Sunday, 21 February 2016

Thoughts occasioned by the death of Umberto Eco.

Reading of the death of Umberto Eco, I came across this quote that resonates with me: “It’s only publishers and some journalists who believe that people want simple things. People are tired of simple things. They want to be challenged.” (To the former group I might add ‘some agents’?)

   I find it strange that an agent’s response to one of my books (an historical Gothic ghost tale as it happens) was firstly that they didn’t get the ending and secondly that I must spell out every aspect as a linear novel because I can’t expect people to actually have to work at figuring the story’s various threads before they come together at the end (ie that they don’t want to be challenged but have all laid out on a platter).
   Finally, that “authors seldom break out of their genre” – despite the fact that my first book was a children’s nonsense adventure, my second a Gothic tale, my third a YA ‘magical realism’ murder story, fourth a plague tale, fifth a terrorist thriller, etc.. (only one and two are published) – and that I must stick to that Gothic Horror Genre from then on in order to establish my ‘Brand!’
  So was revealed the fact that publishing has become an exercise in corporate and individual ‘Branding’ for ease of marketing and little to do with the individual’s exercise of imagination in telling stories, whatever form those stories may take, in whatever ‘genre’ branding agents choose to slot them after the fact.
  Somehow I find this whole marketing/accountancy-led publishing milieu alien. When I read ‘The Spire’ I, as a reader, didn’t think, “gosh, this isn’t in the same genre as ‘Lord of the Flies’ – I can’t read this.” William Golding was a great story-teller. That was enough in itself to take me to the next book.
   And what the hell is wrong with complexity? With offering readers the chance to think, to figure out, to be challenged?

  Fortunately, my Gothic tale attracted some good responses (as well as bad), such as:

A gold-mining boss.
1st. Tweet to @OnundTreefoot: Just finished ‘The Flight of Birds’ - fantastic! it had me deferring
the Times Crossword on the commute to London each morning

2nd. Review: “This is a truly astonishing book. The cleverly spun threads will draw you into a web of intrigue and mystery that will have you gripped throughout. If you enjoyed the Quincunx you will love this - I can't recommend it highly enough.”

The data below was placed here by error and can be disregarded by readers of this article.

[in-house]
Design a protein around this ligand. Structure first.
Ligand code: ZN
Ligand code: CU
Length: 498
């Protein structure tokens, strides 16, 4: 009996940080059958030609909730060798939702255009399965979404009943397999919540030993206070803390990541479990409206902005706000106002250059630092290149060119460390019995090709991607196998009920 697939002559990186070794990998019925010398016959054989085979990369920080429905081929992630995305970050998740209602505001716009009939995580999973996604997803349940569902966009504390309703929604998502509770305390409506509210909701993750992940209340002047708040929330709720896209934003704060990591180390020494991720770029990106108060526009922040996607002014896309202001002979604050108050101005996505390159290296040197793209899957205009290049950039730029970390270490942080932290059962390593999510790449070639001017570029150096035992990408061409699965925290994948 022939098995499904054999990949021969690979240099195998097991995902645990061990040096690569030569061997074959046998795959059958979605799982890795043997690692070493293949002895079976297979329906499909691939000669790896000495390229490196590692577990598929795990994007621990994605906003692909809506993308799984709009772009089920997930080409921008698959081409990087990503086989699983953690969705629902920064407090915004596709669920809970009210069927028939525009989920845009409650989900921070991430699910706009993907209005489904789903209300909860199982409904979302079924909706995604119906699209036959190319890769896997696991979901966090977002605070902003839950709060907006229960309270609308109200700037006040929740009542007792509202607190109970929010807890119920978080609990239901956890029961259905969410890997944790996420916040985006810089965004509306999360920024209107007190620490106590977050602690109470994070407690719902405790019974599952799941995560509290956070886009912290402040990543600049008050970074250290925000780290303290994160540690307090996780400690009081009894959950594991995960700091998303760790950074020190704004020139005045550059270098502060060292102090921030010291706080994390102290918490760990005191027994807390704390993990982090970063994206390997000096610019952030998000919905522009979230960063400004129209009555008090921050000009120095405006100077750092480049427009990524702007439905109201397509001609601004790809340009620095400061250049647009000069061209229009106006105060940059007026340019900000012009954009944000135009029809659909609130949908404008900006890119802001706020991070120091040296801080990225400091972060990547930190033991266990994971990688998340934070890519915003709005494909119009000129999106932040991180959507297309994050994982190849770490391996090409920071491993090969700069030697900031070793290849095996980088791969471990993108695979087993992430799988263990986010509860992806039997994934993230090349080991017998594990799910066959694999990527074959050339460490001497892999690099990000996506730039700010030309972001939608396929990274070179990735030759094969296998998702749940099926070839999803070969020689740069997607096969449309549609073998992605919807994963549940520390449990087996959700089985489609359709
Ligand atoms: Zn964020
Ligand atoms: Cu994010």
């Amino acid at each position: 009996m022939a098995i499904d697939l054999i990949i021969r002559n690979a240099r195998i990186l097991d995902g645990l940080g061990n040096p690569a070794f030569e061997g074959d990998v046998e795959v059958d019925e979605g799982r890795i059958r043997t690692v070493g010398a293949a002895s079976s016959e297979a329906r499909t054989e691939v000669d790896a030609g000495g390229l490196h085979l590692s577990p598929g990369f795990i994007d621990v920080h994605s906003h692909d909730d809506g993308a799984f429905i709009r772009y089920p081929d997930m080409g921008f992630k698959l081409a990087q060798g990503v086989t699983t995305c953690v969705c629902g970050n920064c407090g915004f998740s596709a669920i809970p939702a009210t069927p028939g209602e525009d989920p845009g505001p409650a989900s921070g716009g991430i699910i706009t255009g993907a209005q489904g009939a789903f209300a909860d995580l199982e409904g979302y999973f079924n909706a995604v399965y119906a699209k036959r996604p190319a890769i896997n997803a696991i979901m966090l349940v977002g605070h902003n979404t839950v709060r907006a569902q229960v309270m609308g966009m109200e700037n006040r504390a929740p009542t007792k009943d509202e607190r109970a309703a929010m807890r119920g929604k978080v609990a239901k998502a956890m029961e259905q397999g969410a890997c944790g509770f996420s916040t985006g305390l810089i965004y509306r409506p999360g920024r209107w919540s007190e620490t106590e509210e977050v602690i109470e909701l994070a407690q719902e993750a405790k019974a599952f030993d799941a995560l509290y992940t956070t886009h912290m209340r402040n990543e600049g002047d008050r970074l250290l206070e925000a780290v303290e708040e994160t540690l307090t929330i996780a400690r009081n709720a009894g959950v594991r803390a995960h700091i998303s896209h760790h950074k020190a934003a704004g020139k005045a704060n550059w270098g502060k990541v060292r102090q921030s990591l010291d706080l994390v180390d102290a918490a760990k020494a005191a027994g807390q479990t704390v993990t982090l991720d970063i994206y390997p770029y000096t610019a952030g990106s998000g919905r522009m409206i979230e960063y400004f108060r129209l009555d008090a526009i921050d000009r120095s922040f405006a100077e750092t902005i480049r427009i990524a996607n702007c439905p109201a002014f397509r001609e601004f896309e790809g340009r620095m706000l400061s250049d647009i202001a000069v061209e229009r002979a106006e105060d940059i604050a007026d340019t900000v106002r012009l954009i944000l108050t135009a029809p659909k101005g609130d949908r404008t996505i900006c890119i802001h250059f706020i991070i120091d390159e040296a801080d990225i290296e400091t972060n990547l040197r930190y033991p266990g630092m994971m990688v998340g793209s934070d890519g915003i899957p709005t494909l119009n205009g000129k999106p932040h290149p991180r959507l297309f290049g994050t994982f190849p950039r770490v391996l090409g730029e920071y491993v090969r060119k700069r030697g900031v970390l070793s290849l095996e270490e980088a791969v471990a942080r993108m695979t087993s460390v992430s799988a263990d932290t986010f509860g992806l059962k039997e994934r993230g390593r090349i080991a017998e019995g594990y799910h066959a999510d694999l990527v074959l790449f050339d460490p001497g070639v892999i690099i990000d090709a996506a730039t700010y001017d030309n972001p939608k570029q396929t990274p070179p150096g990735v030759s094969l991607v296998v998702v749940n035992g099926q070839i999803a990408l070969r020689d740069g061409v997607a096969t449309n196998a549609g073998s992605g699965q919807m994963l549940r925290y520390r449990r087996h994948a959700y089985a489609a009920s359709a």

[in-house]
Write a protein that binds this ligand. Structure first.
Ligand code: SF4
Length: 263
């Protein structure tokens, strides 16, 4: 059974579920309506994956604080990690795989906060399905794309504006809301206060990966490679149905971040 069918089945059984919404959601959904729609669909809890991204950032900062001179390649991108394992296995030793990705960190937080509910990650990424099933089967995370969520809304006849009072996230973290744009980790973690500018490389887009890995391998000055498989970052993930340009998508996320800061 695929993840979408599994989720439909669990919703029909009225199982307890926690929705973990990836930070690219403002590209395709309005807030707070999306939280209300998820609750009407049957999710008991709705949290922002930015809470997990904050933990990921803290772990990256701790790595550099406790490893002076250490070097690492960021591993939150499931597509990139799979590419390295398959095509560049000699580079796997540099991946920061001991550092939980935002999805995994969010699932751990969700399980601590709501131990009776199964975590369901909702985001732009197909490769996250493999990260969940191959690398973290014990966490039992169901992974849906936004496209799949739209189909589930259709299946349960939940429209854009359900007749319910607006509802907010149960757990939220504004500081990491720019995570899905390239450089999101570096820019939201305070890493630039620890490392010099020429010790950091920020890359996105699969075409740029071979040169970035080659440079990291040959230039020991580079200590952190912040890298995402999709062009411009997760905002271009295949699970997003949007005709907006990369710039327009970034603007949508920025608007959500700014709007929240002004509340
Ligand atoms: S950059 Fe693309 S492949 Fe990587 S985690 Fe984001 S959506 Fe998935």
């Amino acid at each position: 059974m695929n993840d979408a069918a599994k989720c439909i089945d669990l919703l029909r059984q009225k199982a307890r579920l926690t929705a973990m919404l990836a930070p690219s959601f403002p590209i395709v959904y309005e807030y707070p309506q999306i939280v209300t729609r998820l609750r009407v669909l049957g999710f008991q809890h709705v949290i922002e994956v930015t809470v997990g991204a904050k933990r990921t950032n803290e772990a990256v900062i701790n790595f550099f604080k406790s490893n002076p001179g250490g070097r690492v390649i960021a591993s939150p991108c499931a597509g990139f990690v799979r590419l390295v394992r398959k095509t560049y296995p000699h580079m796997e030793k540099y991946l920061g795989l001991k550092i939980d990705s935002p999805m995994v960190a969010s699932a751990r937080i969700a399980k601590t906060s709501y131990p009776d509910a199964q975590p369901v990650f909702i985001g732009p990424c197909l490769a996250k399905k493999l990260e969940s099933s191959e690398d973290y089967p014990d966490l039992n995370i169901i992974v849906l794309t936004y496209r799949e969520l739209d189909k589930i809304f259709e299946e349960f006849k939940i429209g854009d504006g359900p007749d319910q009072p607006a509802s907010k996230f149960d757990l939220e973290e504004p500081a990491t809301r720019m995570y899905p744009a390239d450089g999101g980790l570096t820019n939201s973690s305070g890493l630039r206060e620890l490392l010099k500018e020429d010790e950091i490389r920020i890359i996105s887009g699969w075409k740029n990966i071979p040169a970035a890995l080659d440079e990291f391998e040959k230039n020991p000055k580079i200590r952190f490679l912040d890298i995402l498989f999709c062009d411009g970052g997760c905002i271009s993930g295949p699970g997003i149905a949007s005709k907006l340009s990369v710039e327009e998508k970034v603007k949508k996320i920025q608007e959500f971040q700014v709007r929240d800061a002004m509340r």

(He last year reached the finals of the Times crossword competition but was unable to attend due to his business commitments. He met me at the London Book Fair soon after that review and offered me £10,000 on the spot for a share in my business. I stupidly turned him down, thinking I was acquiring the agent mentioned. When I mentioned the agent’s remark that the ending was for him a “What the fxxk!” moment, he agreed that, for a few seconds the shock hit him also until he realized that the entire convoluted logic of the story led inexorably to this moment.)

A blogger wrote.
“The story itself is hugely intriguing. ... (describes the tale)
Kate’s future lies in the past and terrible secrets and revelations come to the surface. Intrigue is the key here. I absolute loved the story. Alan has created a rich history filled with high drama through to delicate relationships and some truly shocking moments. Buy this book.”

Another gentleman.
“A book that's sounds frankly weird. A girl goes back in time, whilst remaining in her
current time and follows her family’s history back 400 years. This sounds all nonsense but in reality is one of the best books I have ever read. Readers of medieval whodunit novels (CJ Sansom lovers)
will love this book. This is an author with great ideas, way beyond many others. He also could easily write separate books about many of the characters in this book.”

An 18-yr-old young lady.
“This is a book which fills your mind with wonder. The characters live on in your mind
long after the last page has been turned and the story is clever, deserving applause for the
gripping plots. This book is a book to read if you want to experience a beautiful piece of writing which will stay with you forever.”

Even a 14-yr-old (who reached the finals of a national poetry competition).
“I really, really enjoyed it. Okay, maybe it was a little bit gory in places (maybe a lot), but I thought that it was really clever and a really good read. It’s what I’m always looking for - a mystery, stuff from the past, betrayal, horrid stuff like that; but that's just the sort of thing that is really very exciting. There is as much interest in the chapters set in the present day as there is in the tales from the past; I love it I love it I love it. Thaaaank you, Mr. Alan Howard!” 
(Howard is my middle name, used here to avoid this macabre tale being accidentally picked up by those younger fans of my nonsense kids book, ‘The Amazing Adventures of Curd the Lion (and Us!) in the Land at the Back of Beyond.’ That book has sold 9,000 @ £15 in the UK and further 9,000 in China and South Korea so far.)

Now these are among what one might call, in America, “my kinder readers!”

Before I receive accusations of cynically plugging my book off the back of the death of a great writer, I must tell you that the book is currently out of print, so that I am not in a position to sell it (It did sell over 3,000 @ £10 in the UK before my signings were unceremoniously curtailed by edict of the new MD of the Waterstones chain in the summer of 2012).

My purpose in writing this is to relate my delight in finding that quote by Umberto Eco, reflecting my own frustrations.

If, after reading this, someone is intrigued enough to wish to read this story (The Flight of Birds: there are other posts relating to it here), do please contact me:

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